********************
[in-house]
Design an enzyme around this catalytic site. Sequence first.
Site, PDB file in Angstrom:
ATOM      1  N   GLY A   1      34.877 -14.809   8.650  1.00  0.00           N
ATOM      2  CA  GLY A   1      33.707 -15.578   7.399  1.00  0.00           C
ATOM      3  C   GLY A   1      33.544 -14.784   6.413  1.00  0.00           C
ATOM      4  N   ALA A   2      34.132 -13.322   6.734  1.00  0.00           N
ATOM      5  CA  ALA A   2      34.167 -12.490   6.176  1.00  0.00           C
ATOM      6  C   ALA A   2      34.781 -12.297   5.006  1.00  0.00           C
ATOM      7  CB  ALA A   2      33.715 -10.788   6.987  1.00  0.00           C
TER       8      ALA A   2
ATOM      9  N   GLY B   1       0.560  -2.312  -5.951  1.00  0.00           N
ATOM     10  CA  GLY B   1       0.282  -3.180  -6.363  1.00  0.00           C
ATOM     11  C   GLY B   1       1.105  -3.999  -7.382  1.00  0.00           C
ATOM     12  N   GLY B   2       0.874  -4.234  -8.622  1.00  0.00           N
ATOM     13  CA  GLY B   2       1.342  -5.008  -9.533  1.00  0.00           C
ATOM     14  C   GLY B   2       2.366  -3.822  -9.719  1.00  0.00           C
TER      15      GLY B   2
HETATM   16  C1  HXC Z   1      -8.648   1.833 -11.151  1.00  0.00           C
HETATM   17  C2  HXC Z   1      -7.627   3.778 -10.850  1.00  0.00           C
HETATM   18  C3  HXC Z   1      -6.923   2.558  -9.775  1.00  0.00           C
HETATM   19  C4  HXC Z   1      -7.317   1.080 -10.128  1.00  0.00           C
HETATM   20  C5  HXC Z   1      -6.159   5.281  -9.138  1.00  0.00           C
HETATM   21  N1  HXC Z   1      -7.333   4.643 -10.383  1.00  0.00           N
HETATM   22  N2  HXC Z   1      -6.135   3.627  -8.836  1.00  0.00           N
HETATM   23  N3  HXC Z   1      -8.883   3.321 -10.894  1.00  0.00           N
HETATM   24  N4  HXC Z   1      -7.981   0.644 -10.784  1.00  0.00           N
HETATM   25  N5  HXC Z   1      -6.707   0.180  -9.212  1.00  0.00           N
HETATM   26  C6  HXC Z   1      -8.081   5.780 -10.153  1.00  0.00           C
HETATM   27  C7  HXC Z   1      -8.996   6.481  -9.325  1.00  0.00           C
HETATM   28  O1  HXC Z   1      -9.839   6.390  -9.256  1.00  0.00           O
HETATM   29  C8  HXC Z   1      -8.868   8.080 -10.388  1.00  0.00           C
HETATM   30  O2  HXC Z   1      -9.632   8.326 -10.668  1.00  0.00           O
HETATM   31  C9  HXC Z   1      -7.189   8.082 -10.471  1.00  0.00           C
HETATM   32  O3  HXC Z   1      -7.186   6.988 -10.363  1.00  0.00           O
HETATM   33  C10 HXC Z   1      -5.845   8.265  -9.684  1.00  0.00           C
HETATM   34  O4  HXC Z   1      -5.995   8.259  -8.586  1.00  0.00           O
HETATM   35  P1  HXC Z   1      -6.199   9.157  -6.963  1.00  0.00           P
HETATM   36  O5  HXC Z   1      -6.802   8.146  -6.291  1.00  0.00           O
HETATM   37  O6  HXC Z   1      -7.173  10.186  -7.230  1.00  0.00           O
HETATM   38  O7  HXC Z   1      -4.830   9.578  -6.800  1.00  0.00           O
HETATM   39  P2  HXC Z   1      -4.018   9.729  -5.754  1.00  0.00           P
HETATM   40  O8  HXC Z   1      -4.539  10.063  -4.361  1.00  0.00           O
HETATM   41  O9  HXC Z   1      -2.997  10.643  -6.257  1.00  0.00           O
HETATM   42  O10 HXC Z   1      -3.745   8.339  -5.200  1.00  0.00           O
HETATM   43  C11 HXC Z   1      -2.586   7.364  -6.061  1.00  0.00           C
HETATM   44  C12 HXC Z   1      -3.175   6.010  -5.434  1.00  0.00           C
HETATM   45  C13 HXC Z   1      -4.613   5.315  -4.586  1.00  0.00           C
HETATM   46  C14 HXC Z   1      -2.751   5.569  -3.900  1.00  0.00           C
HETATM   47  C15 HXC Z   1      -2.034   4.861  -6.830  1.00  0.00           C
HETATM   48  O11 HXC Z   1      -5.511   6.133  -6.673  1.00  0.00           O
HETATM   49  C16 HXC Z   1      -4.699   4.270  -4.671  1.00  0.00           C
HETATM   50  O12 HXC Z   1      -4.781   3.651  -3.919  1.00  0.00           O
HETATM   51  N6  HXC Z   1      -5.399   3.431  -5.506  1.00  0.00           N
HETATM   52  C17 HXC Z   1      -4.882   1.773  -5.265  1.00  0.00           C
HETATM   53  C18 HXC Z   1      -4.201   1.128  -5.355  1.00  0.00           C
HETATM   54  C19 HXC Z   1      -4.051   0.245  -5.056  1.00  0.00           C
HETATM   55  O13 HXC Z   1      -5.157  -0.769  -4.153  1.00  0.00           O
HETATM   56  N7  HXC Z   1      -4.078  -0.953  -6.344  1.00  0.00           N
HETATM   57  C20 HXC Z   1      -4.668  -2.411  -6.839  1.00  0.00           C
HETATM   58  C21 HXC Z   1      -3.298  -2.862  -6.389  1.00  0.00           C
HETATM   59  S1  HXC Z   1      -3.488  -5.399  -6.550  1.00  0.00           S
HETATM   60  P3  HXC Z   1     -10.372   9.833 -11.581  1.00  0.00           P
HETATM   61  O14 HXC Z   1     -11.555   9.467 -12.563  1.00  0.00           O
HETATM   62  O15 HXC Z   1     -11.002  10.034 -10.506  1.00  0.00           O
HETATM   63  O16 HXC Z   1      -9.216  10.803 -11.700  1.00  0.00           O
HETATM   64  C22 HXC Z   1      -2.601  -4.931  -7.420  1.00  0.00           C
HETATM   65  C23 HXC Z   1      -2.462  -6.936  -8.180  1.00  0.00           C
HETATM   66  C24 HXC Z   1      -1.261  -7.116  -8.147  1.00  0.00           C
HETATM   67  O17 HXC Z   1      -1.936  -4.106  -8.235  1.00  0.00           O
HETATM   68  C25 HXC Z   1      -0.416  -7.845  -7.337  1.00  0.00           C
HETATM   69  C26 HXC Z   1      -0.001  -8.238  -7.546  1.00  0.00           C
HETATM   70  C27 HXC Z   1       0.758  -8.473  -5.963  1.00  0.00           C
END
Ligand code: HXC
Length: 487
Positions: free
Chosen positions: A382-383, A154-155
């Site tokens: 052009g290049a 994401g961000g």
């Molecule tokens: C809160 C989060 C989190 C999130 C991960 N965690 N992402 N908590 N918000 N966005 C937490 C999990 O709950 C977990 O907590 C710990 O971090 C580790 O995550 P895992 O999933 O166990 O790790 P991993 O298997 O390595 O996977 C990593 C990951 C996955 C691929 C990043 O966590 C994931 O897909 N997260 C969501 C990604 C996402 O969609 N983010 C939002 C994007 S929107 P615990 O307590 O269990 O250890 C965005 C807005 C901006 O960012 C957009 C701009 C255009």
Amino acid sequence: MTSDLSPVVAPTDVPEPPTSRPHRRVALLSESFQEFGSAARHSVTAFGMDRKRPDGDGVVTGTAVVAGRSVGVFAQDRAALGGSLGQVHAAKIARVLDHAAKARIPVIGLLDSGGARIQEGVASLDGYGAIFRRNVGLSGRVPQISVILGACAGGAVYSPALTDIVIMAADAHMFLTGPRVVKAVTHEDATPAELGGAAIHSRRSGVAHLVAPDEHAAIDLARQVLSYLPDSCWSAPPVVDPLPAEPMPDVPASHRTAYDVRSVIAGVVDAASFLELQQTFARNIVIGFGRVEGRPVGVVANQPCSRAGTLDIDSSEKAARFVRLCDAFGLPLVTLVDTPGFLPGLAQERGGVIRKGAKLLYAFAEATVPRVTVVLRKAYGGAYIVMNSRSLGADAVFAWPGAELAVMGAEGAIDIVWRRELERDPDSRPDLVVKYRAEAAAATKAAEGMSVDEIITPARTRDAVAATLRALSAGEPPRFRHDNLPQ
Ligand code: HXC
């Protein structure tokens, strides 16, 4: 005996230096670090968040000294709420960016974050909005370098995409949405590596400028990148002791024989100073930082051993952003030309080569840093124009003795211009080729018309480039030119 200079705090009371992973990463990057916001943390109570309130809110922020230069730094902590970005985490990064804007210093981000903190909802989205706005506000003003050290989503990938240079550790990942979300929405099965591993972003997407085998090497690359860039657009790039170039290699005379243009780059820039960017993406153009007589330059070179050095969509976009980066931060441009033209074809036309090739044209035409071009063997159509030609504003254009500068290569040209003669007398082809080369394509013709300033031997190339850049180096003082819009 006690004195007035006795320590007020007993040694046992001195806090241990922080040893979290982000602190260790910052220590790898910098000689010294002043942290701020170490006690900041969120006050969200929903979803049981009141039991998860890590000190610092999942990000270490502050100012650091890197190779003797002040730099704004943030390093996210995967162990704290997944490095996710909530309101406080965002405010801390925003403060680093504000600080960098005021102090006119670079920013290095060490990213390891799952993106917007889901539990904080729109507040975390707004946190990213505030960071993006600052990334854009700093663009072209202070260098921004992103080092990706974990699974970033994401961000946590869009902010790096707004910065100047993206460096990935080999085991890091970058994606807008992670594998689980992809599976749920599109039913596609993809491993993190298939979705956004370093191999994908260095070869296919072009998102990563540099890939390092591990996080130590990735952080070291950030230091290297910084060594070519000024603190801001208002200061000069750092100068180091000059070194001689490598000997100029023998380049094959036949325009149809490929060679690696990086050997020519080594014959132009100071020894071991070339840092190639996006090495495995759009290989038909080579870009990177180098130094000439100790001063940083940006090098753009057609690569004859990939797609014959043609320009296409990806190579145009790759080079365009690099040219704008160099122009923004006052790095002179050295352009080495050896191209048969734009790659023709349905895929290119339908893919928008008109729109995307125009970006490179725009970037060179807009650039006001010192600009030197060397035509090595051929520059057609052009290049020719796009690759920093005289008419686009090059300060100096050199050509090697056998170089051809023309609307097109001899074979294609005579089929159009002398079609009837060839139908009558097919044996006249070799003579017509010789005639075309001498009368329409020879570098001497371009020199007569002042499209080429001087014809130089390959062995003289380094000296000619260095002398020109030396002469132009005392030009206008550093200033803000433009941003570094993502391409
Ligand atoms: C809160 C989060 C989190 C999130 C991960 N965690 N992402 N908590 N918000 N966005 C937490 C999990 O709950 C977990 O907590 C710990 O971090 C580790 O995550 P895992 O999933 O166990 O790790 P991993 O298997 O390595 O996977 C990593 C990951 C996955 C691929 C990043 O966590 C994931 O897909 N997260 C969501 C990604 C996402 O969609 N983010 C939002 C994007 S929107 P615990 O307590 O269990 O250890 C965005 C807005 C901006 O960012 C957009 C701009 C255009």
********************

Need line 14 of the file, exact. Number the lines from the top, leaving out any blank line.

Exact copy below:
ATOM     11  C   GLY B   1       1.105  -3.999  -7.382  1.00  0.00           C